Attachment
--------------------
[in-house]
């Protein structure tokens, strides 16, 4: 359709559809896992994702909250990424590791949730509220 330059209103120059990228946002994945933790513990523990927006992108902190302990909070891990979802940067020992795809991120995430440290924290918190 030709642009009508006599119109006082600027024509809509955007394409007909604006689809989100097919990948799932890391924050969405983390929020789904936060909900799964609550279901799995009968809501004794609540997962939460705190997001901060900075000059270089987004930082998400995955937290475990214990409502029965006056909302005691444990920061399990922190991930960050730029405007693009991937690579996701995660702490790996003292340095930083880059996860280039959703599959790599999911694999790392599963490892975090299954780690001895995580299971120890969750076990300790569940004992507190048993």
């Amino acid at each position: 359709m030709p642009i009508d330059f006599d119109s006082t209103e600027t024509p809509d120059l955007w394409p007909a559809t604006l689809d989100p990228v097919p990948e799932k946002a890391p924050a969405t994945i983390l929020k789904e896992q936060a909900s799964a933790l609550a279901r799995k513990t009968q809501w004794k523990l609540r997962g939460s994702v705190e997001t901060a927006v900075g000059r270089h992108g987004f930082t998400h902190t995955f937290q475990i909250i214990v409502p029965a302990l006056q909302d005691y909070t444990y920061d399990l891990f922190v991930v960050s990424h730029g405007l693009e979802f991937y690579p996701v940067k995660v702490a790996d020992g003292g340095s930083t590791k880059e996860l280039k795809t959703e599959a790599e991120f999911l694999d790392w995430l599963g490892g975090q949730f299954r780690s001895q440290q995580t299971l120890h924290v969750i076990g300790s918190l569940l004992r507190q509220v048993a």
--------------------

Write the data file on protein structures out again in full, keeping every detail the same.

[in-house]
């Protein structure tokens, strides 16, 4: 359709559809896992994702909250990424590791949730509220 330059209103120059990228946002994945933790513990523990927006992108902190302990909070891990979802940067020992795809991120995430440290924290918190 030709642009009508006599119109006082600027024509809509955007394409007909604006689809989100097919990948799932890391924050969405983390929020789904936060909900799964609550279901799995009968809501004794609540997962939460705190997001901060900075000059270089987004930082998400995955937290475990214990409502029965006056909302005691444990920061399990922190991930960050730029405007693009991937690579996701995660702490790996003292340095930083880059996860280039959703599959790599999911694999790392599963490892975090299954780690001895995580299971120890969750076990300790569940004992507190048993």
């Amino acid at each position: 359709m030709p642009i009508d330059f006599d119109s006082t209103e600027t024509p809509d120059l955007w394409p007909a559809t604006l689809d989100p990228v097919p990948e799932k946002a890391p924050a969405t994945i983390l929020k789904e896992q936060a909900s799964a933790l609550a279901r799995k513990t009968q809501w004794k523990l609540r997962g939460s994702v705190e997001t901060a927006v900075g000059r270089h992108g987004f930082t998400h902190t995955f937290q475990i909250i214990v409502p029965a302990l006056q909302d005691y909070t444990y920061d399990l891990f922190v991930v960050s990424h730029g405007l693009e979802f991937y690579p996701v940067k995660v702490a790996d020992g003292g340095s930083t590791k880059e996860l280039k795809t959703e599959a790599e991120f999911l694999d790392w995430l599963g490892g975090q949730f299954r780690s001895q440290q995580t299971l120890h924290v969750i076990g300790s918190l569940l004992r507190q509220v048993a």